Interviewer: Today we are going to be talking about drug violations. If we can get an overview of some of these, what can you tell us about that first of all?
Court: The most common drug involved in offenses is probably marijuana; it’s not a surprise to anybody. You see quite a bit of marijuana violations. There are also other drugs, such as cocaine and methamphetamine. On occasion, other drugs are involved, like LSD.
There are also a good amount of violations that have to do with prescription drugs that are being used without a prescription. Those drugs include MVA, Zoloft, anti-depressants and others. Prescription drugs attributed to violations also include Lotab or codeine or oxycodone; those are probably the most common ones that I see.
Drug-Related Charges: Possession versus Intent to Sell
Interviewer: What makes the difference when I hear the term of possession versus intent to sell? What does that mean?
Court: According to the law it’s illegal to possess a drug for any reason, no matter what you plan to do with it. Usually if somebody has a drug the theory is that they plan to use it themselves. It’s illegal to use the drug and it’s illegal to just even possess the drug. That’s the first step on the ladder of drug violations.
Intent to Sell Is a More Serious Offense than Possession of Drugs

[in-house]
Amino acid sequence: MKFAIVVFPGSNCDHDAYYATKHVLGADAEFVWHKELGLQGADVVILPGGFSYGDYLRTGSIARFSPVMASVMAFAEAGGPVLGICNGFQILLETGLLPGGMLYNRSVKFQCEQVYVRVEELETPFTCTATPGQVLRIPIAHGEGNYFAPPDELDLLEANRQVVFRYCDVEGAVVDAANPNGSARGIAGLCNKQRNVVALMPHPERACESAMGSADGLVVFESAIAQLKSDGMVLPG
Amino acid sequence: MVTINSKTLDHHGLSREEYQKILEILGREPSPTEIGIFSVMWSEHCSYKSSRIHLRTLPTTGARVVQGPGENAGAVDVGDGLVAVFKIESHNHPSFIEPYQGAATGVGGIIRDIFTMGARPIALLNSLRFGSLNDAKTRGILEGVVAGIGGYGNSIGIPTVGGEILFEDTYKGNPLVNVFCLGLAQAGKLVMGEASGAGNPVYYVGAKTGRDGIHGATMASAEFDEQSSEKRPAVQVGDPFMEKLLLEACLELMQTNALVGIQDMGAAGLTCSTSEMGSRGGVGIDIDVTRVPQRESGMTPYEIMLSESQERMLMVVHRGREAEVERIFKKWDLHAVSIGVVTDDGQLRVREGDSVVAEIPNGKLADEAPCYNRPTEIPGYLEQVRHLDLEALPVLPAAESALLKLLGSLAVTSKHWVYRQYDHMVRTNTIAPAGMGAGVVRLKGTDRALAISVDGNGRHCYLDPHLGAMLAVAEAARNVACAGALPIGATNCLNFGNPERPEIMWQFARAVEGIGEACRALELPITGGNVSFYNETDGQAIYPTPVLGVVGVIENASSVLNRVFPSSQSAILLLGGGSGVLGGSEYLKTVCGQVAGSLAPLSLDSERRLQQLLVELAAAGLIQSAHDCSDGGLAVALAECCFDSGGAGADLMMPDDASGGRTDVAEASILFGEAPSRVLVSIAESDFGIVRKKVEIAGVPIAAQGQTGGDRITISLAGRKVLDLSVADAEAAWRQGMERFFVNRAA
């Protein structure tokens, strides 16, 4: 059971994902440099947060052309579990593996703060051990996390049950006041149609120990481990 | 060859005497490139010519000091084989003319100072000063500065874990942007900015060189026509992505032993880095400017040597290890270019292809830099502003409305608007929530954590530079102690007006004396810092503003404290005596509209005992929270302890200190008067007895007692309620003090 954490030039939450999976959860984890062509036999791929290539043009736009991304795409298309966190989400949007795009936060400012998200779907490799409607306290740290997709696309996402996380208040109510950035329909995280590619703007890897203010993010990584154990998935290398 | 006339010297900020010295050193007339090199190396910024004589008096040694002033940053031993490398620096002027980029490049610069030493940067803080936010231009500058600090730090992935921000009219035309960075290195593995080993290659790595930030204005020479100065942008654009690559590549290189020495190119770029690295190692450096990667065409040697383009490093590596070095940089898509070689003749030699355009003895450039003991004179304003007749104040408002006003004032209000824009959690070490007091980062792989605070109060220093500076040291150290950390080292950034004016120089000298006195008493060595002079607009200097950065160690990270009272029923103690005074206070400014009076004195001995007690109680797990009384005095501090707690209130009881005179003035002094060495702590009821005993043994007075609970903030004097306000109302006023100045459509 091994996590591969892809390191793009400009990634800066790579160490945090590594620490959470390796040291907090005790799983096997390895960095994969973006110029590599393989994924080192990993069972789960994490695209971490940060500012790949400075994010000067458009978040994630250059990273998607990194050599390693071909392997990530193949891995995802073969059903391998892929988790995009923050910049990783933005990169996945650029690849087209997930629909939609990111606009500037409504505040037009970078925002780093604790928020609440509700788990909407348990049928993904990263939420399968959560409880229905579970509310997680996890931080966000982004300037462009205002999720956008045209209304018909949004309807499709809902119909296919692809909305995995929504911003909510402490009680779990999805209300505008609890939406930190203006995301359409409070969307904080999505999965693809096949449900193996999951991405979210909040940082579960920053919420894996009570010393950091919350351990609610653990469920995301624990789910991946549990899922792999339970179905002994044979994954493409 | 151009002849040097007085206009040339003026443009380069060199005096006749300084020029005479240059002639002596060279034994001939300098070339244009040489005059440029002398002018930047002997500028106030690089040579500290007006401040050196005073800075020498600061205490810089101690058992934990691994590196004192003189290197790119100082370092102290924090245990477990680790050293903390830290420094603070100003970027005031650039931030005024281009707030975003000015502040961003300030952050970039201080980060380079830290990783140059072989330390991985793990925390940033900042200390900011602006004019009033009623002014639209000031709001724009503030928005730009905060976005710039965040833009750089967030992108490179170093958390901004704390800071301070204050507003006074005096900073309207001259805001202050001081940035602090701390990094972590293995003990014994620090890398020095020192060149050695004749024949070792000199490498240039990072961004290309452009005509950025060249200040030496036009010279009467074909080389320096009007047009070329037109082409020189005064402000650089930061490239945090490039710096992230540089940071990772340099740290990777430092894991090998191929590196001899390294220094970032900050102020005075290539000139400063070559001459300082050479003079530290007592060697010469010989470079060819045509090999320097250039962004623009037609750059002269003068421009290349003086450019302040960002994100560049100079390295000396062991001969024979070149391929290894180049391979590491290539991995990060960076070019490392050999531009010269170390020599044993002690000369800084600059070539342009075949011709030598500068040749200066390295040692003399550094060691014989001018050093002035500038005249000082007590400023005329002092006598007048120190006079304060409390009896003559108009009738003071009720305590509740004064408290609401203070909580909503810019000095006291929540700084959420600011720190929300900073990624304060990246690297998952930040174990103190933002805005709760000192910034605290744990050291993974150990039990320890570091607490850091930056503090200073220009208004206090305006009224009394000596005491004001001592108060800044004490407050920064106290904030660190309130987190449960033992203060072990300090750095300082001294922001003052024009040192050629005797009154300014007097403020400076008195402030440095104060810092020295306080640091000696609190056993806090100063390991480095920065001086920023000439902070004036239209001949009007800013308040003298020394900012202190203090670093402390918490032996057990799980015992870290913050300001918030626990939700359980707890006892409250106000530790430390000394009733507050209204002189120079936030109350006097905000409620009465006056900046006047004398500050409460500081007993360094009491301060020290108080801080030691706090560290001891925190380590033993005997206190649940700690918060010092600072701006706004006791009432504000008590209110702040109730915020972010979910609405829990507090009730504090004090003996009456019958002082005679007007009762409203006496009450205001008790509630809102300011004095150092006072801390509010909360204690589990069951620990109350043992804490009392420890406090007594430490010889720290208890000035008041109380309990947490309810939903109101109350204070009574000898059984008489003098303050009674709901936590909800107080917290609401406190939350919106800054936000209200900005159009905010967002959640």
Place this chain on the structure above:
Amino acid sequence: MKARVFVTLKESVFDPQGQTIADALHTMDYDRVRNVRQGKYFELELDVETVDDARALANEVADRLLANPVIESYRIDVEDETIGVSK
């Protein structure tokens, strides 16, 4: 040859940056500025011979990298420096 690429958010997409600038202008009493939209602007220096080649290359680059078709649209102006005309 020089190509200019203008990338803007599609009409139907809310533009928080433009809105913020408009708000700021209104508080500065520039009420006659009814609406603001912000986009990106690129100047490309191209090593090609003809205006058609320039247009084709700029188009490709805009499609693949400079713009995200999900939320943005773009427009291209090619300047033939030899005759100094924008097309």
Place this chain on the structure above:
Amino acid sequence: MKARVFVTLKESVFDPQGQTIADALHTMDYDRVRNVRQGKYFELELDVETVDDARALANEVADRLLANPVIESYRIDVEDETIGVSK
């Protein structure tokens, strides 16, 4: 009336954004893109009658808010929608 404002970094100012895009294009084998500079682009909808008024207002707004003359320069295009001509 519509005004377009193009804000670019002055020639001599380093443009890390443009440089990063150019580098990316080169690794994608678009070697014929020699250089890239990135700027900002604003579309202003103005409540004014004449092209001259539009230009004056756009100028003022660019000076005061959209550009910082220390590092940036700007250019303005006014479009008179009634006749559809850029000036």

If you have a large quantity of the drug it becomes something that maybe you wouldn’t just be using for yourself but you would be distributing to other people. That is the more serious violation—so you can have the intent to distribute charge and it’s different than a possession charge; the penalties attached are more severe.
Usually the intent charge is applied comes to a larger quantity of drugs. However, it doesn’t necessarily have to be a larger quantity of drugs to see the charge. If there is some evidence that the prosecutor can provide that shows that you had some intent to distribute the drug, you planned sell to somebody else, give it to somebody else, anything like that, then they could charge you with intent to distribute.
Interviewer: Over the years how many cases do you think you have handled that were drug related?
Court: Quite a few, it’s very common.